You can learn a lot — or at least learn a lot about what questions you might have — looking through campaign disclosures, and local races are no different. Iowa makes it pretty easy to access the reports, which are due before Election Day, for candidates running for city, school and state offices.
It’s nice to see coverage of this since the only way these reports matter are if voters are aware of the reports and digest the context they offer, and the best way for that to happen is, well, reporting on them.
Human beings have always coexisted with threats to our health: violence, vehicular crashes, communicable diseases. And many of us have meandered through our perilous existence without thinking much about it. Sure, people may drive more cautiously at nighttime, use condoms with a new partner, and avoid walking through dark alleys alone. But before the pandemic, we didn’t lock down our lives to eliminate all risk. Schools didn’t close during flu season. Doctors didn’t preach abstinence for all in the face of herpes and HIV. We had accepted the inherent riskiness of being human, and we took reasonable precautions where possible.
But for many of us, the pandemic blew apart our complacency—at least when it came to the risk of contracting COVID. People rejiggered their lives with a singular goal in mind: Don’t get infected with the novel coronavirus.
It’s hard to imagine something exemplifying the failure of Iowa’s leadership through the pandemic more than highlighting its college football stadium, just shy of its 69,250-person capacity, celebrating the end of the first quarter by waving at a full pediatric hospital with lots of immunocompromised kids who cannot yet be vaccinated against a disease that’s killed more than 648,106 people in the United States.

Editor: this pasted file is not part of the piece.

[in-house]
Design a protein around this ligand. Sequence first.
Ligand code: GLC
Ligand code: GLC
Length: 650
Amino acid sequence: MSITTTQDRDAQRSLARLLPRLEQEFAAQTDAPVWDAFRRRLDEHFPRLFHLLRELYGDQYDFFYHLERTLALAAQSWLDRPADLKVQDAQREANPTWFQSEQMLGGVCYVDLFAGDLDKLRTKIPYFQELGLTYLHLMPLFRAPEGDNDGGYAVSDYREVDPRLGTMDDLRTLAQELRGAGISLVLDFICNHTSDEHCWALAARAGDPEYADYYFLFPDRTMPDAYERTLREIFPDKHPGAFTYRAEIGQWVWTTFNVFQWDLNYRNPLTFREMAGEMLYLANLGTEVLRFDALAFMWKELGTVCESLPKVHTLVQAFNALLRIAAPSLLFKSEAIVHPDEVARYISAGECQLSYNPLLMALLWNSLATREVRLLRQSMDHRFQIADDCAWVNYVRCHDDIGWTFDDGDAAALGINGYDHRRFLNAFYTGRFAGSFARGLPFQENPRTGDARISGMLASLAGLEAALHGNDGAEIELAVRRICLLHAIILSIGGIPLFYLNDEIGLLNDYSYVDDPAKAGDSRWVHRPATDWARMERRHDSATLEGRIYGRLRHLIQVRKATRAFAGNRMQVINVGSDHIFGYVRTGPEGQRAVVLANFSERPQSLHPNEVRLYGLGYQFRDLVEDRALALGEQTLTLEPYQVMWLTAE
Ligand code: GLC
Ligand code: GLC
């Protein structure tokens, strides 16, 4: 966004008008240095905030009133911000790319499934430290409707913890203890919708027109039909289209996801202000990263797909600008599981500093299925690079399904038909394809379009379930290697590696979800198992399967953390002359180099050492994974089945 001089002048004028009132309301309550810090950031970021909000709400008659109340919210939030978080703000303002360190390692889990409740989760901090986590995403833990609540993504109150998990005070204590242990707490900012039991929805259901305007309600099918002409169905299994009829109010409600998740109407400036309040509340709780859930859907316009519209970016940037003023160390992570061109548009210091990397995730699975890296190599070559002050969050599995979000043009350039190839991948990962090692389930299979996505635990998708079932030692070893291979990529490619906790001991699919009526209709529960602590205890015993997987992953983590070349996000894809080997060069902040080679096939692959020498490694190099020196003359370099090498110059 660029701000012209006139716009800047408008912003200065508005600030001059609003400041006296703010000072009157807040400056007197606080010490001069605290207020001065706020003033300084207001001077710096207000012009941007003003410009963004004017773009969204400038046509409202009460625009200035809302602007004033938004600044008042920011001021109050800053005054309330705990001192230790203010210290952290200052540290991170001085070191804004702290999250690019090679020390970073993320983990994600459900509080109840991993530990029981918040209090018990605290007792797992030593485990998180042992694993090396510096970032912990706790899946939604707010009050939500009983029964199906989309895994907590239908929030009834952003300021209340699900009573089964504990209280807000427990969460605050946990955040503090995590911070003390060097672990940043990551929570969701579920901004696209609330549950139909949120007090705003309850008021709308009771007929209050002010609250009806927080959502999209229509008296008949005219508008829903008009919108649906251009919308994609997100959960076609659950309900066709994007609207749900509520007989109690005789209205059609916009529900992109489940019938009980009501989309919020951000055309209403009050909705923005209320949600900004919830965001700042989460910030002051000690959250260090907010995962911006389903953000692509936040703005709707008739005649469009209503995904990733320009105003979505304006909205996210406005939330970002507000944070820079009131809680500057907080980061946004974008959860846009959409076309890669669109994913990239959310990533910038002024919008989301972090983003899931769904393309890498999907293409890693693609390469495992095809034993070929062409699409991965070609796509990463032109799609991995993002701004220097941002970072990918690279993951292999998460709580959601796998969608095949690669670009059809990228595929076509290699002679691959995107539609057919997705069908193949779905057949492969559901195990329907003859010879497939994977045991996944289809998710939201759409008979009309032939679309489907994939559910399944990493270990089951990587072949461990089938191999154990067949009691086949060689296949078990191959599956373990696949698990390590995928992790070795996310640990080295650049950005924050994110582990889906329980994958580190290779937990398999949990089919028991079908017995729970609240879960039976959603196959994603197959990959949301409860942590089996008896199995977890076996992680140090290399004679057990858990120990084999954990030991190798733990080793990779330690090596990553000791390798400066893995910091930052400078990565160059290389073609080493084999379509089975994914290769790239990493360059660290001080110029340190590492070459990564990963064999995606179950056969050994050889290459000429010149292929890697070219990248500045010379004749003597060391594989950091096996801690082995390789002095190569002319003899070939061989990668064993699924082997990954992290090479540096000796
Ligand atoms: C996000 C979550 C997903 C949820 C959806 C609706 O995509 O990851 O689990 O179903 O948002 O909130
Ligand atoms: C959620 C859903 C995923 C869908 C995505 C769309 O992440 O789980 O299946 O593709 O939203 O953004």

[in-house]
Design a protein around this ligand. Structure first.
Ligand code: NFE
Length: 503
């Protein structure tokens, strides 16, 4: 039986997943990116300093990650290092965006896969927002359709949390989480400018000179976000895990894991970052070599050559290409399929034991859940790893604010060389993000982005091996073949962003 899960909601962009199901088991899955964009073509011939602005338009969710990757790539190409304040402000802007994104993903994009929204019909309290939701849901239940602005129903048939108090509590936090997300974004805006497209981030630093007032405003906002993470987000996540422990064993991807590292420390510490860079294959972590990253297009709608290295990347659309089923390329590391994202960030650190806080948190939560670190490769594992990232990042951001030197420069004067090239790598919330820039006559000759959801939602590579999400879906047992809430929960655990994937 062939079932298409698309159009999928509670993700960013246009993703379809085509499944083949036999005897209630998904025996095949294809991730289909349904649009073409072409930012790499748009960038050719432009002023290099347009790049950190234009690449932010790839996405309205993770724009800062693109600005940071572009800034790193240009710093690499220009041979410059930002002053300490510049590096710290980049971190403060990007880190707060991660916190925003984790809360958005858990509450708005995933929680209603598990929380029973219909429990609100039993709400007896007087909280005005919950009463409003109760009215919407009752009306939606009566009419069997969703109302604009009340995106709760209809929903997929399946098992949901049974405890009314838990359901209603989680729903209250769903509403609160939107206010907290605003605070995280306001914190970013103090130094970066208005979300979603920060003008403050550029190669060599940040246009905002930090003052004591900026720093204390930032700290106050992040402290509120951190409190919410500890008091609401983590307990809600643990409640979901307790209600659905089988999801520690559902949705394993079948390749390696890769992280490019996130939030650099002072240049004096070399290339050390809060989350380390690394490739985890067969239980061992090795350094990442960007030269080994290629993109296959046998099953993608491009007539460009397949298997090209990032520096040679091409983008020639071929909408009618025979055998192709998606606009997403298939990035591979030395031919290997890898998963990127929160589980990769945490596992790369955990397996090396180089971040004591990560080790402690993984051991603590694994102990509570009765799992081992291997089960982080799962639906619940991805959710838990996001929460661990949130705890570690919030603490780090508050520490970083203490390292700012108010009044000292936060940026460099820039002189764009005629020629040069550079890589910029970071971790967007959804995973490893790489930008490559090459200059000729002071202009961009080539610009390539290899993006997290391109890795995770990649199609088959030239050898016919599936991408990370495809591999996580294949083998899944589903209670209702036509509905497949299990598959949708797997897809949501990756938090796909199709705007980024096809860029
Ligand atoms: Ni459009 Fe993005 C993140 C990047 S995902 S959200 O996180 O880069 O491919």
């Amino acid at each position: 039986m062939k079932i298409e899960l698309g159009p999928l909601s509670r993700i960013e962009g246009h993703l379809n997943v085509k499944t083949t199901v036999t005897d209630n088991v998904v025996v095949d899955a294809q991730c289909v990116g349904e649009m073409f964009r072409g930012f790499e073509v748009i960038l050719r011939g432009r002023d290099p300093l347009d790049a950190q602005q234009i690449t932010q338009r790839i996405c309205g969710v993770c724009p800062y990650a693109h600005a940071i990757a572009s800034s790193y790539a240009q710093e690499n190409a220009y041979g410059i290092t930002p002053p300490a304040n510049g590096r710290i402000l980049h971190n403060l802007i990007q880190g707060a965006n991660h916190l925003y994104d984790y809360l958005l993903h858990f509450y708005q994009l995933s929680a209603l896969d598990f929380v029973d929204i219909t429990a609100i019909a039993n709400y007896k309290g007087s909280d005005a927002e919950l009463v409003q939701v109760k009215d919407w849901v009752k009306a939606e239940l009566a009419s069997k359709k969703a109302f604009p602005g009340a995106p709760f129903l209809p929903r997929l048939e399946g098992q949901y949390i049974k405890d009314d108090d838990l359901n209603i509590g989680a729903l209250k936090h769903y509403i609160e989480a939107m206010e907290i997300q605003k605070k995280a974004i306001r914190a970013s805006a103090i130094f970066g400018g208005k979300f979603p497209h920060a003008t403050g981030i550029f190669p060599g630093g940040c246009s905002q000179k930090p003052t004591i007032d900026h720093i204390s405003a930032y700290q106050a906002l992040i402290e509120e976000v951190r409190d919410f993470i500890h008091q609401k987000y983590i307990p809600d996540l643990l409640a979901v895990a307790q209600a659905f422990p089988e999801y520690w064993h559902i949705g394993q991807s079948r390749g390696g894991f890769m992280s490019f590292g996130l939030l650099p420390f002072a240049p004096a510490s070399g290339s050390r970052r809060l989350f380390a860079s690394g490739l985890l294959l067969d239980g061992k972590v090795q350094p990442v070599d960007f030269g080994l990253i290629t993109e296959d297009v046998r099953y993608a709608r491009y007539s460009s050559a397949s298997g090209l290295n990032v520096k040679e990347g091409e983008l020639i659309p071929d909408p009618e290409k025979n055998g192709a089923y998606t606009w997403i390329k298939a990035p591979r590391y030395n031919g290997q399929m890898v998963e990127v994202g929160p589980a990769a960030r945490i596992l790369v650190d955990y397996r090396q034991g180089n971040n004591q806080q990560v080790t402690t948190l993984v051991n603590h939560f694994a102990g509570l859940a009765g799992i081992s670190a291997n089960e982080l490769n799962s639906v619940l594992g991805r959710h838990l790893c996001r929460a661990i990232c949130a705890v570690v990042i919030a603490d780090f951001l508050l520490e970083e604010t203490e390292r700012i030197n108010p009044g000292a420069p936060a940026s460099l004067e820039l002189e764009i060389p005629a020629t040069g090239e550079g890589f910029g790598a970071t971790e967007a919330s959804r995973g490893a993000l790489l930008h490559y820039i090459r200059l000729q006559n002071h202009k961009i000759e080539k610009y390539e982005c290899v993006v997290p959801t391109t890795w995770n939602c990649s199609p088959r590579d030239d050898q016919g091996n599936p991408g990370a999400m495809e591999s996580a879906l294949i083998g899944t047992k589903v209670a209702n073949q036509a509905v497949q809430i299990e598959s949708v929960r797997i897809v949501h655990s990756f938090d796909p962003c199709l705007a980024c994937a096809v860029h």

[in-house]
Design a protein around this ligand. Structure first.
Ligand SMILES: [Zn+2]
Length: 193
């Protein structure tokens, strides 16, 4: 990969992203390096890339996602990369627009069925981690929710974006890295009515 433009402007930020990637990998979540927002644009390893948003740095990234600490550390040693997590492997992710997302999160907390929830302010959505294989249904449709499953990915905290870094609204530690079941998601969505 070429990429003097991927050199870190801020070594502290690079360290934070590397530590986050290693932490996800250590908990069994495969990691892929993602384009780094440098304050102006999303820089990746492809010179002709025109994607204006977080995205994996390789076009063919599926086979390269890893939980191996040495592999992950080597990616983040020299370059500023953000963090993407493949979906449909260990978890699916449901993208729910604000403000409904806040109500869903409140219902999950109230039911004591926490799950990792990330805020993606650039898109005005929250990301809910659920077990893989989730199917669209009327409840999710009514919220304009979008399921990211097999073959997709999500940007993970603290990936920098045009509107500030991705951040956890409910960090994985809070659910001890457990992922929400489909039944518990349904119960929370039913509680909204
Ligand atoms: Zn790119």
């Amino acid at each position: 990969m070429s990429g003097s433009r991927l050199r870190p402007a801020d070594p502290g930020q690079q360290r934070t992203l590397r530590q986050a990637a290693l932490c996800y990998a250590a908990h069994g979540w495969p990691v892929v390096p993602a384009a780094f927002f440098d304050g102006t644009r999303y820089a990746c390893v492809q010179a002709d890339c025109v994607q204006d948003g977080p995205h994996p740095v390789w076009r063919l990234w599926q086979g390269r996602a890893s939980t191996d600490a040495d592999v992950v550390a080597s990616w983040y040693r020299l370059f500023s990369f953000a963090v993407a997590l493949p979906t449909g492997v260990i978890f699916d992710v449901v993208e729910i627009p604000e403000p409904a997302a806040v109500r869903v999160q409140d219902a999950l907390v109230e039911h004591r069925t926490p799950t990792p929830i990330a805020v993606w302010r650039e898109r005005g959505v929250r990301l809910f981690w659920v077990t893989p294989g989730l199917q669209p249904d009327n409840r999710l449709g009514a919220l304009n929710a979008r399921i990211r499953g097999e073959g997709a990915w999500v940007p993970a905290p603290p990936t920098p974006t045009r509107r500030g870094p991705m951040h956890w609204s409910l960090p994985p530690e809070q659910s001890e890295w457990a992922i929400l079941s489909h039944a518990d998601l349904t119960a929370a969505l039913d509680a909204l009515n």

Style over substance.
I wonder how many members of the crowd, waving in unison, believe that masks are about control and the vaccinated are just mindless followers.
Name calling is cheap, even if it’s fitting. Let’s look at what she says.
“People never 100 percent agree with the decisions I make.”
This is true of every elected official, so it doesn’t actually mean anything.
“You know, I have to take a look at the data, surround myself with experts that give me feedback, we did that.”
Data was the free space on Reynolds-press-conference bingo last year. I don’t doubt she looked at data. I don’t doubt she had experts offer input. I just don’t believe she prioritized either.
“I put my trust in people to do the right thing. They did the right thing.”
She trusts them unless they run any sort of school or work in local government. Some folks did the right thing and some carried on like nothing happened. About six out of 10 got vaccinated. Some spread lies online and in their social circles.
Republican lawmakers intended to prohibit schools, cities, and counties from requiring masks when they amended an education bill on the final day of the legislature’s 2021 session. But House File 847, which Governor Kim Reynolds rushed to sign within hours of its passage, was not well crafted to accomplish that goal.
An apparent drafting error opened the door for the mask order Iowa City Mayor Bruce Teague announced on August 19, with the full support of the city council.
Most news organizations missed the care this order was crafted with and followed with storiesfocused on Iowa City defying state law.